If two or more symptoms, 97% in the allodynic catagory.
If allodynic, then Tryptan use must be early in an attack, and use of an NSAID during an attack(if tolerated) would be useful. I would say, deactivating muscle triggers would be important as well; there is a recent study showing significant benefits there.
The Journal of Pain, Vol 8, No 11 (November), 2007: pp 869-878
Contribution of Myofascial Trigger Points to Migraine Symptoms
Maria Adele Giamberardino et al
- semispinalis cervicis
- splenius cervicis
“TrP infiltration with local anaesthetic [0.5 mL of bupivacaine (5 mg/mL)]. The infiltration was repeated on the 3rd, 10th, 30th, and 60th day after the initial evaluation.” Our College frowns on use of local in the neck; saline may be equally effective. Compared to a sham injection group (needle inserted and removed) there was about 50% reduction in migraine headaches by day 60.
2) Blocking the renin-angiotensin system is helpful in migraines.
Ba’albaki et al state: “More recently, the angiotensin converting enzyme (ACE) inhibitor lisinopril 20 mg/day and the angiotensin receptor blocker (ARB) candesartan 16 mg/day have demonstrated some effectiveness in the prevention of migraine”.
I have used lisinopril mostly in hypertensives with migraines and found it very effective (1/2 by reducing BP and 1/2 by R-A inhibition I think).
3) Deal with the mast cells with drugs. Unfortunately, leukotreine inhibitors(Singulair) by themselves don’t do well.
Montelukast for migraine prophylaxis: a randomized, double-blind, placebo-controlled study.
Headache. 2004 Jun;44(6):581-6.
Brandes JL, Visser WH, Farmer MV, Schuhl AL, Malbecq W, Vrijens F, Lines CR, Reines SA
The association on migraines to histamine, however, was noted years ago and a patent even filed. He used Hydroxyzine 50 mg. in a few cases of patients with prolonged aura and demonstrated its ability to block subsequent migraine. The problem here is that hydroxyzine has tranquilizer properties which in themselves might have reduced stress, a factor in migraine – so is its effect really mast cell related? patent here article here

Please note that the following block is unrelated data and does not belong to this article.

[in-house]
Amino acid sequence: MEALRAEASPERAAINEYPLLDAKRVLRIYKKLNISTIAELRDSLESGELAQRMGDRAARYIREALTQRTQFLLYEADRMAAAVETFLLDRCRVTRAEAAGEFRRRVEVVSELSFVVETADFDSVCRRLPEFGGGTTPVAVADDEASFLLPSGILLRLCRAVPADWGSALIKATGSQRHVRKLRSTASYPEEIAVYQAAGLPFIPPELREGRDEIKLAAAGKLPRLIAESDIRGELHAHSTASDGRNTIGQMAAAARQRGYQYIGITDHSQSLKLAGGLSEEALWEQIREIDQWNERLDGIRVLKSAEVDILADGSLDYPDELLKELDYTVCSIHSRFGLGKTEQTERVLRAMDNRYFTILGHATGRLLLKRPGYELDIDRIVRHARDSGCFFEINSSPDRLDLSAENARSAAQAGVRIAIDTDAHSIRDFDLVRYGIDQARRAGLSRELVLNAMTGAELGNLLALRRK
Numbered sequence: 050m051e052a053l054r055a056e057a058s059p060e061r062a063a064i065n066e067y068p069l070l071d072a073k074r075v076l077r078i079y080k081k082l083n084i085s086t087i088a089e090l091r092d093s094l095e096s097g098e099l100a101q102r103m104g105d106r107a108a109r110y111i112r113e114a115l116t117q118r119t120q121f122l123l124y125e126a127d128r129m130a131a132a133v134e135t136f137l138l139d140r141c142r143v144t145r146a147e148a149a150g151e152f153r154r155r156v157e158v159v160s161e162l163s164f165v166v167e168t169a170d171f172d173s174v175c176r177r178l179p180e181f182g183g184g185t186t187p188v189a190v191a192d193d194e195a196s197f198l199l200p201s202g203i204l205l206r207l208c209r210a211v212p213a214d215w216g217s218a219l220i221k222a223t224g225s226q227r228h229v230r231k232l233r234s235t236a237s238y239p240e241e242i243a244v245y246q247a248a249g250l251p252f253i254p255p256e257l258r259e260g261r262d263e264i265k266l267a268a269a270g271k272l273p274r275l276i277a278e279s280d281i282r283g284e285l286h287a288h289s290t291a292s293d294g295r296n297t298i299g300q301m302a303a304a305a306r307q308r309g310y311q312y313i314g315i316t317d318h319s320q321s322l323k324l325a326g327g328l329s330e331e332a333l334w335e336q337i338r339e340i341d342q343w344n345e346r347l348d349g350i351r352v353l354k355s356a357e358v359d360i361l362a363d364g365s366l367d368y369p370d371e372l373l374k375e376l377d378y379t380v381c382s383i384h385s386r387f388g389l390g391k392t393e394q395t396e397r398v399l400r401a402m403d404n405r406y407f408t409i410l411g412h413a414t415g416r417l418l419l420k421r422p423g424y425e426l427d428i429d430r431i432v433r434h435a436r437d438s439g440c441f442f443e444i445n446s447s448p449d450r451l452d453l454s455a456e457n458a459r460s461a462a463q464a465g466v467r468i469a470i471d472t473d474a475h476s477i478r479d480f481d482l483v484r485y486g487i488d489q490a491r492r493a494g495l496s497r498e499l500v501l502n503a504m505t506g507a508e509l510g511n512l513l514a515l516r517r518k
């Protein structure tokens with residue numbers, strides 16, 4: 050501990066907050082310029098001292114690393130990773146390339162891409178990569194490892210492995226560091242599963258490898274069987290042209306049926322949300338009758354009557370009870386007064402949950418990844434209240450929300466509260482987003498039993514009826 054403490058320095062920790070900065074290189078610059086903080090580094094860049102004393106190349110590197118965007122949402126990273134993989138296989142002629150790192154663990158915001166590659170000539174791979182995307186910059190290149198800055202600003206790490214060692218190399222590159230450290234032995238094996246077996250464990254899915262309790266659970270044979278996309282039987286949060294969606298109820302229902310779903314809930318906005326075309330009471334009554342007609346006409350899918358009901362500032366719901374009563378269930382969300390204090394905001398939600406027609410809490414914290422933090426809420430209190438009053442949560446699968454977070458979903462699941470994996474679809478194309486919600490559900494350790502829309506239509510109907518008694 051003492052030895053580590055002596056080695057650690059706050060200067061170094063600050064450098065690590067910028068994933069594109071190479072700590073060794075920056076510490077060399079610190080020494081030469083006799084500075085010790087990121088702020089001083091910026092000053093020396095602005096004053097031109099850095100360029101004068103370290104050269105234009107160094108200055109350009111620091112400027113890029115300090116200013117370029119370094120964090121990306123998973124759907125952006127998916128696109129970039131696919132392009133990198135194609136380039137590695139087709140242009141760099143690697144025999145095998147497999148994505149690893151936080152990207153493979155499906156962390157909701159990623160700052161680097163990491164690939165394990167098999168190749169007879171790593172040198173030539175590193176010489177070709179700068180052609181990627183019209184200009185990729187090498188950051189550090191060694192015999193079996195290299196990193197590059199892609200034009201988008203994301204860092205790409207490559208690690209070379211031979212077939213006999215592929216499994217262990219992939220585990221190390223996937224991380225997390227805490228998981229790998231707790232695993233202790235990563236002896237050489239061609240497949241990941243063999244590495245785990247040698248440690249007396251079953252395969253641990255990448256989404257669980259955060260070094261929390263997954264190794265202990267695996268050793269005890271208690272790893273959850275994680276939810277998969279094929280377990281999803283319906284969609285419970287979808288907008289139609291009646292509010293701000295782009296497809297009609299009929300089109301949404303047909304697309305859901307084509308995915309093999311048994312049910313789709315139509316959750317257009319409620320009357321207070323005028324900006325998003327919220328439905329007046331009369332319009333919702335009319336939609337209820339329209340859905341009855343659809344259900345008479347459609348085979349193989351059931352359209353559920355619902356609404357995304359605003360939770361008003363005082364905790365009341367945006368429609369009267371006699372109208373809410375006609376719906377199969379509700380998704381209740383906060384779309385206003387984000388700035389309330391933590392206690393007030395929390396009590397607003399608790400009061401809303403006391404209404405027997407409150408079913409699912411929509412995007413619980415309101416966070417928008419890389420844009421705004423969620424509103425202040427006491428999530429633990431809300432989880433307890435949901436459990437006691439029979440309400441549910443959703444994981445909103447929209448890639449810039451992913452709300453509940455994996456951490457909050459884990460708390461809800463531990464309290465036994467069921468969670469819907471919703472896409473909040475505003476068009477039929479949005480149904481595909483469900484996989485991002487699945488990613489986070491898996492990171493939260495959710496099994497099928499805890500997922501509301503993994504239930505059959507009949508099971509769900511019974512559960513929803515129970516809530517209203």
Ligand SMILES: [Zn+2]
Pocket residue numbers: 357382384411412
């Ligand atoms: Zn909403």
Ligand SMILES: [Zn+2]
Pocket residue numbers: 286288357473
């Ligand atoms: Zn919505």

4) Deal with mast cells re allergies. What may be forgotten is that the mast cell is the allergy cell as well as orchestrating peripheral neurogenic inflammation.
Several good studies were done near the early 1980’s in Lancet:
Lancet. 1979 May 5;1(8123):966-9.
Food allergies and migraine.
60 migraine patients completed elimination diets after a 5-day period of withdrawal from their normal diet. 52 (87%) of these patients had been using oral contraceptive steroids, tobacco, and/or ergotamine for an average of 3 years, 22 years, and 7.4 years respectively. The commonest foods causing reactions were wheat (78%), orange (65%), eggs (45%), tea and coffee (40% each), chocolate and milk (37%) each), beef (35%), and corn, cane sugar, and yeast (33% each). When an average of ten common foods were avoided there was a dramatic fall in the number of headaches per month, 85% of patients becoming headache-free. The 25% of patients with hypertension became normotensive. Chemicals in the home environment can make this testing difficult for outpatients. Both immunological and non-immunological mechanisms may play a part in the pathogenesis of migraine caused by food intolerance.
What is not mentioned in the abstract, but discussed in the article was that just avoiding these foods without elimination diet testing was limited in value. It was likely to result in over-exposure to some lesser-involved food – for instance rice had a 15% reaction rate. It was also found that those who were currently abusing painkillers or ergot, or still on OCP’s composed the 15% who did not respond. Subsequent articles were often based on
- allergy tests – many reactions are not clearly RAST or skin allergy test positive